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Why the smartphone is a powerful tool in pursuit of seniors’ wellness


Aged care providers striving for a wellness approach should think about incorporating experience-type services and harnessing the power of the smartphone to deliver them, an expert will tell an upcoming conference.

Experiences matter much more to people as they age than material things do and the addition of the smartphone – a personal computer in your pocket – brought a powerful element to the concept, said Dr Jeffrey Brand, a professor of communication and creative media at Bond University.

Jeff Brand

Dr Jeffrey Brand

Dr Brand is participating in a panel at the Active Ageing Conference later this month and will discuss how to enhance seniors’ physical and emotional wellbeing through a range of pursuits from everyday leisure activities to video game apps.

If allowed, innovations like the internet-enabled mobile device provided an exceptionally powerful tool, Dr Brand told Australian Ageing Agenda.

He said service providers should take advantage of this advanced type of personal computing to deliver the experiences older people were looking for.

Reframing ageing

Dr Brand will also share ideas from a project he is working on with Aged Care Financing Authority chair Lynda O’Grady that aims to reframe ageing as a premium period in life.

He said one of those premiums was the ability for people to explore things they were previously unable to do.

Dr Brand said the project was looking at how older adults were using personal computing technologies, particularly internet-enabled mobile phones, to determine how they are using them to:

  • improve their body, mind, and health practices;
  • maintain their relationships;
  • find a new motivation and purpose; and
  • enhance pleasure through everything from play to adventures and just general entertainment.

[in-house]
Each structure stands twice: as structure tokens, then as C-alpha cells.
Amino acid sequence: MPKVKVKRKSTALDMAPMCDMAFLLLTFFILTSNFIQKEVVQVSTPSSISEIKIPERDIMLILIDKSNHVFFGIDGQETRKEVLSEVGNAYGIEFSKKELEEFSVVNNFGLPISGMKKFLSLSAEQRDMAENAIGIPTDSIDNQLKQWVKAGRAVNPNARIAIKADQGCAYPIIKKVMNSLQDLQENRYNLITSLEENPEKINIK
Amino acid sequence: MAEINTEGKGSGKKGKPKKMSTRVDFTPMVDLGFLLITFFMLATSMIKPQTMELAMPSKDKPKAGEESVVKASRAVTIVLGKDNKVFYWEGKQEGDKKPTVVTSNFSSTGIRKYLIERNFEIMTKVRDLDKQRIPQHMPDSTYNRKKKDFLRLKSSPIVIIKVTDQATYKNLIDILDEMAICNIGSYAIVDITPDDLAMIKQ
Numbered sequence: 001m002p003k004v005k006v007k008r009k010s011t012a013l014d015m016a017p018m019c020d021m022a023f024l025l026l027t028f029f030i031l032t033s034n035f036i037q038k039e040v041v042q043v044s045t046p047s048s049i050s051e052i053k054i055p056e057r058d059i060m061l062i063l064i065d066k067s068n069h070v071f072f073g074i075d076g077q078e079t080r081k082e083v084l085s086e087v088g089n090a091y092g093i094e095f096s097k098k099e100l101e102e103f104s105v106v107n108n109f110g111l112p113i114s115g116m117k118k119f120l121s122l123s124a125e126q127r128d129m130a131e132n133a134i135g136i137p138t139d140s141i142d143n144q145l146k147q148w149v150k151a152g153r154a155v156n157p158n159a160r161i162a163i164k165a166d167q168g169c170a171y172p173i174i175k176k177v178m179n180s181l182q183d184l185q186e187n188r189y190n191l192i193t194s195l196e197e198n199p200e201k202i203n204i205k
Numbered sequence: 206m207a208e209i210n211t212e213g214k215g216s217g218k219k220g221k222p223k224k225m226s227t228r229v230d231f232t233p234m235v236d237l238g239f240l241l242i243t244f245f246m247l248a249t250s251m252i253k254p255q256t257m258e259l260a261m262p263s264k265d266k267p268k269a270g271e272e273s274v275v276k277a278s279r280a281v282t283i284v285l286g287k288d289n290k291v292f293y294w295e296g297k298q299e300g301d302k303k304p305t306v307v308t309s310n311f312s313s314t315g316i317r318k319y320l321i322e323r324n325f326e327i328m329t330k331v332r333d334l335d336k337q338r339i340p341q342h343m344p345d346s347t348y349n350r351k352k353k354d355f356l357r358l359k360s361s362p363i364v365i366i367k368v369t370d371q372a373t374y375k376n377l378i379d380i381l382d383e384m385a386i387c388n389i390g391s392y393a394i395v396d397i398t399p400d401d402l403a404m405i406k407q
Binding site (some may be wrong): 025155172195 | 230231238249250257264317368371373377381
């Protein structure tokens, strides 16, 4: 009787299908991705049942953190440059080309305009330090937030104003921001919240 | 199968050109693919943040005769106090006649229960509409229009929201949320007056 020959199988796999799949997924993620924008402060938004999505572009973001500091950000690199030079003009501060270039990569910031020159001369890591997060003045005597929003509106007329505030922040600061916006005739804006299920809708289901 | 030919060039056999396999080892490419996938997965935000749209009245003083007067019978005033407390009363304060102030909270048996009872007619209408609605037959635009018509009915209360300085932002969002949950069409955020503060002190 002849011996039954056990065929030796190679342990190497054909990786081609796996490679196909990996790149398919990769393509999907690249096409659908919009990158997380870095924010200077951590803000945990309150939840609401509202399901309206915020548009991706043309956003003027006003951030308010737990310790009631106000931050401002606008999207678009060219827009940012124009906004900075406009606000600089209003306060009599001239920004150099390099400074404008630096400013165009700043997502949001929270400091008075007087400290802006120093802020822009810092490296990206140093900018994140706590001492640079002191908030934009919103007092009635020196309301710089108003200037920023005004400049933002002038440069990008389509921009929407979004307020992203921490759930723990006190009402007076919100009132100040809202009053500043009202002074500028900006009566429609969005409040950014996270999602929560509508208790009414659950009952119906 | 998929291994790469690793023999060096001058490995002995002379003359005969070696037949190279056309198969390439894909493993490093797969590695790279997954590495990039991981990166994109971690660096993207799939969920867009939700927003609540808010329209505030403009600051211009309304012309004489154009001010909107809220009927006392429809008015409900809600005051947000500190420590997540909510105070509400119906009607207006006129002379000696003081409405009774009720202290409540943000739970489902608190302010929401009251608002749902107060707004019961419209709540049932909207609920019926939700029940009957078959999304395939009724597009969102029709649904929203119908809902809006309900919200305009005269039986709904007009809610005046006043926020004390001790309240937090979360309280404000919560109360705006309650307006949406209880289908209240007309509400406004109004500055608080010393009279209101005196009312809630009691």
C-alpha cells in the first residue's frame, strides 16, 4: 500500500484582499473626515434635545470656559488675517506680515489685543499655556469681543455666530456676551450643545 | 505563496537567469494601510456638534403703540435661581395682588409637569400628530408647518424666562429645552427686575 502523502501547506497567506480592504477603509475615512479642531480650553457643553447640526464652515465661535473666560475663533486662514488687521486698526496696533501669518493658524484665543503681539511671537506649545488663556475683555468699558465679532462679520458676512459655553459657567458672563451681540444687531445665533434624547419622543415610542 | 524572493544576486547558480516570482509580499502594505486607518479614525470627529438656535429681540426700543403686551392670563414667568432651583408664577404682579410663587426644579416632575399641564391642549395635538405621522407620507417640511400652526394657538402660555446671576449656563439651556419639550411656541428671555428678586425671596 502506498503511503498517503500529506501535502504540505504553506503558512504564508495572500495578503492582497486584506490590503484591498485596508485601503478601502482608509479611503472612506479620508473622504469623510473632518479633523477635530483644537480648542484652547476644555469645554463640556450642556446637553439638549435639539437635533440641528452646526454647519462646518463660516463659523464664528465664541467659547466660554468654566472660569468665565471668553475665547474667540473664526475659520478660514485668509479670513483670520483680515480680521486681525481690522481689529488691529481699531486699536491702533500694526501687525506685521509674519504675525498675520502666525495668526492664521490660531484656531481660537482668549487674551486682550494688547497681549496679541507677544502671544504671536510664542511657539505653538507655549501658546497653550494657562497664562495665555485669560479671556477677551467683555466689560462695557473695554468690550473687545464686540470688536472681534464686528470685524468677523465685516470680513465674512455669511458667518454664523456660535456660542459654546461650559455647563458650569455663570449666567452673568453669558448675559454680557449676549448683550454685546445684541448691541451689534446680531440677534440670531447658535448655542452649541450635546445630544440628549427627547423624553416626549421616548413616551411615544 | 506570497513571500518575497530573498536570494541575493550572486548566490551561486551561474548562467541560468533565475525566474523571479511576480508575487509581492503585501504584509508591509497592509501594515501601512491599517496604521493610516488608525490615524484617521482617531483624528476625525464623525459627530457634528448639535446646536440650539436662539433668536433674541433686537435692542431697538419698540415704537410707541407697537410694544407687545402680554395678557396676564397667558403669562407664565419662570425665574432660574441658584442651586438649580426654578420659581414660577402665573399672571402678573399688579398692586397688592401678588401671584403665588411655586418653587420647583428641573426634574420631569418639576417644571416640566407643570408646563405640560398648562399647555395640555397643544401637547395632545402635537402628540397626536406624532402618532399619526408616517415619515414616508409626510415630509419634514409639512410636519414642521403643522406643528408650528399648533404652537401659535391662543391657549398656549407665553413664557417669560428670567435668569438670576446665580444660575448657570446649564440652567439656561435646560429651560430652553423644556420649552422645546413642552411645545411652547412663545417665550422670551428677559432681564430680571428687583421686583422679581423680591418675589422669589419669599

positive ageing video2In addition to entertainment, playing video games is increasingly one of the ways seniors are using their mobile phones to improve their health and wellbeing.

This finding was highlighted in the Digital Australia Report 2016 (DA16), a report on state of the nation’s video gaming activity commissioned by industry peak body Interactive Games and Entertainment Association.

“The number one reason older people say they play video games is to keep their mind active,” said Dr Brand, who authored the report.

Since that report was published in July, Dr Brand has investigated the senior cohort further to understand more about their playing habits.

Among those findings is that after the age of 65, women are playing more than men. The amount of time older people and particularly women are spending playing in-depth games also goes up with age, he said.

“Between the ages of 65 and 85, time goes up from about 50 minutes to about 70 minutes a day of in-depth play. That is separate from the 20 or so minutes spent in casual play,” Dr Brand said.

Video games were a tool that service providers should consider to address clients’ needs, however, any approach to technology should be a person-centred and active one, Dr Brand said.

“We start often time from the tool and we need to start from the goal. We all have different drivers, different motivations and we offer different accomplishments and experiences.”

The Active Ageing Conference 2015 takes place on 29 October at the Amora Hotel, Sydney. Visit the conference website to access the full program and register



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